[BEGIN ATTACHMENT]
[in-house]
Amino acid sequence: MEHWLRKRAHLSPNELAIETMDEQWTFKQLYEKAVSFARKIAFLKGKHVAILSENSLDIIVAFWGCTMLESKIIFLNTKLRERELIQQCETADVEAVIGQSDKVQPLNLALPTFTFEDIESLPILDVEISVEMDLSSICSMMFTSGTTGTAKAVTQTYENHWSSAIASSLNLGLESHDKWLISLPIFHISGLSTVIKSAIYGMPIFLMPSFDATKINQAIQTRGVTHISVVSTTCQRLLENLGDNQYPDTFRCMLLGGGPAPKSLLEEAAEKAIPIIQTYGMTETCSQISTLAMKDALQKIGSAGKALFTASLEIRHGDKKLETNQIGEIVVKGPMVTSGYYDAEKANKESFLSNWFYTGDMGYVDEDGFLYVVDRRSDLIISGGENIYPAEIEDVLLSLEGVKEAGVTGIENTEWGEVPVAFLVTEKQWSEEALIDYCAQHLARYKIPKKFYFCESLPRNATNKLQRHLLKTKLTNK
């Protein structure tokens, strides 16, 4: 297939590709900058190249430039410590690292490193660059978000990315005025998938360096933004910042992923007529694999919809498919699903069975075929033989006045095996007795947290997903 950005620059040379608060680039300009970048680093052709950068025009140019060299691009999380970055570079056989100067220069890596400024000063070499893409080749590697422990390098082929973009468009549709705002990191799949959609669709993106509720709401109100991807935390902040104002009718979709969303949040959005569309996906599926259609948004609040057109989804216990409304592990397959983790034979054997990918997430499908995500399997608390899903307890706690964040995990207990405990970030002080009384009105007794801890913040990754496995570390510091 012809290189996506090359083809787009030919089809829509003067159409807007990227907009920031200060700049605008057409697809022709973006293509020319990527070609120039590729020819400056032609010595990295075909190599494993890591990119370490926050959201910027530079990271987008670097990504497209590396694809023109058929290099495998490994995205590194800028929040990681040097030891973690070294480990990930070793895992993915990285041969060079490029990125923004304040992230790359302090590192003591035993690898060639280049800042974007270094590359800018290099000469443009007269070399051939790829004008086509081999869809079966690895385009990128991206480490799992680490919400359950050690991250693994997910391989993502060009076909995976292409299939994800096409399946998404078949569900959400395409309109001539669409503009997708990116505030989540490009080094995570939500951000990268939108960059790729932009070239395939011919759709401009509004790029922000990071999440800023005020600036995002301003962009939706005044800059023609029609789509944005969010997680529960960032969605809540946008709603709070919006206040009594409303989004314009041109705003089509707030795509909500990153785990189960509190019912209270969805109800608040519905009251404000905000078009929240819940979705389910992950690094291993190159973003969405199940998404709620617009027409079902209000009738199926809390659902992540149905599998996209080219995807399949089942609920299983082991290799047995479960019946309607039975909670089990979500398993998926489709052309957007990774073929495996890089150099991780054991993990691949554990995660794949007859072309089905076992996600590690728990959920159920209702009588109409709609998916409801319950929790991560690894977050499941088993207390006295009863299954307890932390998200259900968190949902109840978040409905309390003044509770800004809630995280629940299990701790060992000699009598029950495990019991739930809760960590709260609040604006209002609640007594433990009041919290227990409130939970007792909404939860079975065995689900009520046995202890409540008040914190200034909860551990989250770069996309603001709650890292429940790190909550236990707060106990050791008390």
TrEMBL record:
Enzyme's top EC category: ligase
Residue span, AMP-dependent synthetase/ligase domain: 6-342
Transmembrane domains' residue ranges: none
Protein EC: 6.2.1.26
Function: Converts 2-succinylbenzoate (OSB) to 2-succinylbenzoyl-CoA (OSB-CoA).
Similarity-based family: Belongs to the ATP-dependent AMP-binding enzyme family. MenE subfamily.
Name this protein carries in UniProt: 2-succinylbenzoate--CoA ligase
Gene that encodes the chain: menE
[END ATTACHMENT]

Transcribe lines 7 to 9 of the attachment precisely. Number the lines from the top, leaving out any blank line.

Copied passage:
Transmembrane domains' residue ranges: none
Protein EC: 6.2.1.26
Function: Converts 2-succinylbenzoate (OSB) to 2-succinylbenzoyl-CoA (OSB-CoA).